Under the Acacia

By Father Seán Coyle

Dishonoring the Dead

I don’t know whether it’s ignorance of Philippine culture or justifiable outrage that made me upset the last week of October when I saw a half-page advertisement in a Bacolod newspaper inviting people to a “Celebration of All Saints’ Day” by playing bingo and engaging in parlor games at a memorial park in the city. The owners reminded us that there would be “Peryahan” and Merry-Go-Round Rides the whole afternoon.

And, yes, the blessing of graves was fitted in before bingo and the Holy Mass between the parlor games and the evening “Cultural Show”, no doubt to satisfy the fanatics who think that a cemetery is a sacred place where we Catholics pray for the dead.

The first time I blessed graves on November 1 or 2 in the Philippines was in a mountainous area of the municipality of Tubod, Lanao del Norte in 1972. We were accompanied by members of the Philippine Constabulary, as the civil war that erupted the previous year in the Lanao and Cotabato provinces, instigated by politicians with Christian and Islamic backgrounds, had abated only some months before. Thank God, there was no trouble.

In subsequent years I blessed graves in parishes in Misamis Occidental, in Karomatan, now Sultan Naga Dimaporo, Lanao del Norte, where about half the people are Christians and half Muslims, and in Lianga, Surigao del Sur. In most places the busiest day was November 1 but in Lianga everything took place on November 2, the Commemoration of All the Faithful Departed, as the Church officially designates it. I have never understood why the Feast of All Saints has, in effect, become All Souls’ Day or Fiesta Minatay, the Feast of the Dead, as it’s often called by Ilonggos, in the Philippines.

But in all of these places the emphasis was on blessing the graves and praying for the dead. Many had a picnic also. In Lianga we had Mass in the church at 6 in the morning. After breakfast everyone went to the cemetery where the priest celebrated Mass again and the blessing of the graves took place in reasonably orderly fashion. By noon everything was finished and, following local custom, the priest lunched at the pantheon where the relatives of the mayor were buried.
But in none of these places did I ever encounter bingo or parlor games or merry-go-rounds or a so-called “cultural show”. There was a sense of joyful hope, because of our faith as Christians in the resurrection of our Lord Jesus Christ and because of our Catholic practice of praying for the dead. The Roman Martyrology or official list of saints of the Church, on which our almanake is based, says of November 2: On this day is observed the commemoration of the faithful departed, in which our common and pious Mother the Church, immediately after having endeavored to celebrate by worthy praise all her children who already rejoice in heaven, strives to aid by her powerful intercession with Christ, her Lord and Spouse, all those who still groan in Purgatory, so that they may join as soon as possible the inhabitants of the heavenly city.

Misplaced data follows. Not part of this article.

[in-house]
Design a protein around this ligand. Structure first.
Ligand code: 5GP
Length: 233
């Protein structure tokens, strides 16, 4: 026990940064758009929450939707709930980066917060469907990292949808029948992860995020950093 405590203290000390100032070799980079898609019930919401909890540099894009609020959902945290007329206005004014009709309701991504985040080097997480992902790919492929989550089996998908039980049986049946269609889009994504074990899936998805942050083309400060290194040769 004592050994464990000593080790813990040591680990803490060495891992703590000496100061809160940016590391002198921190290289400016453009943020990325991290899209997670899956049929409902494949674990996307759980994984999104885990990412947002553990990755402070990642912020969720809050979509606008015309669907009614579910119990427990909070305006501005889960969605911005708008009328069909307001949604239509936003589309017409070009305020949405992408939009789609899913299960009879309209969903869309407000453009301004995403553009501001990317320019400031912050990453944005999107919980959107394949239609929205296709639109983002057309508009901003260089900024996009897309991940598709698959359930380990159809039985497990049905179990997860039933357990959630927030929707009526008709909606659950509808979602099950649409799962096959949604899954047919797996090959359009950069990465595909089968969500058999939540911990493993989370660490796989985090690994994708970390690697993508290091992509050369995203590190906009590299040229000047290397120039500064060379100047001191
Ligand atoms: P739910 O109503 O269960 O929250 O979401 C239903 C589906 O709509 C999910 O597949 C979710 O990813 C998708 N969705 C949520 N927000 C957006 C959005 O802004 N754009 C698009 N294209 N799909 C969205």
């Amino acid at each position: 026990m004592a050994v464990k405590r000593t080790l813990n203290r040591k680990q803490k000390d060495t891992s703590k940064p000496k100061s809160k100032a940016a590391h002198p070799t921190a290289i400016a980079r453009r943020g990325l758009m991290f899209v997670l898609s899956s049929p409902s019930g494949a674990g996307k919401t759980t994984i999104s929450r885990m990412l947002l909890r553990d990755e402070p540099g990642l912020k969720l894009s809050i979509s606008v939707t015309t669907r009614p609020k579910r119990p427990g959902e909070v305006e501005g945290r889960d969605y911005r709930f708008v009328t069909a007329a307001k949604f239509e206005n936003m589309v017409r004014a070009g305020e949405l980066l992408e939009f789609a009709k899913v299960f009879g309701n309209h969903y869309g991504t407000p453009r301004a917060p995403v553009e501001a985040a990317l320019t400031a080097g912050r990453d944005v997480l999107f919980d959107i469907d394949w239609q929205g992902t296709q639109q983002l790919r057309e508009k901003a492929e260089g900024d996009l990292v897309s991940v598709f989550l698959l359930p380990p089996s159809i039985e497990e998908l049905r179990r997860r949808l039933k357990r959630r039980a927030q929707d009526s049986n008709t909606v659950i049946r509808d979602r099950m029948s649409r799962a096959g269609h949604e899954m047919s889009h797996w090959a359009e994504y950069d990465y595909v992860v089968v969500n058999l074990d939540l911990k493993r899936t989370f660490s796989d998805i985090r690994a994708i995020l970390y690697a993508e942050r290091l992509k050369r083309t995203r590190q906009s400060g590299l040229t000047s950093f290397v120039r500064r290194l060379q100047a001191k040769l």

In other words, the whole point of All Souls’ Day, even if it is observed on All Saints’ Day by most Filipinos, is to pray for the souls in purgatory, in accordance with Catholic teaching and practice. This doesn’t rule out a sense of joy or even having a picnic at the cemetery. After all, the heavenly banquet is a wonderful image from the Bible.

Pope Benedict writes beautifully about this in Spe Salvi, No.48:
Now a further question arises: if “Purgatory” is simply purification through fire in the encounter with the Lord, Judge and Saviour, how can a third person intervene, even if he or she is particularly close to the other? When we ask such a question, we should recall that no man is an island, entire of itself. Our lives are involved with one another, through innumerable interactions they are linked together. No one lives alone. No one sins alone. No one is saved alone. The lives of others continually spill over into mine: in what I think, say, do and achieve.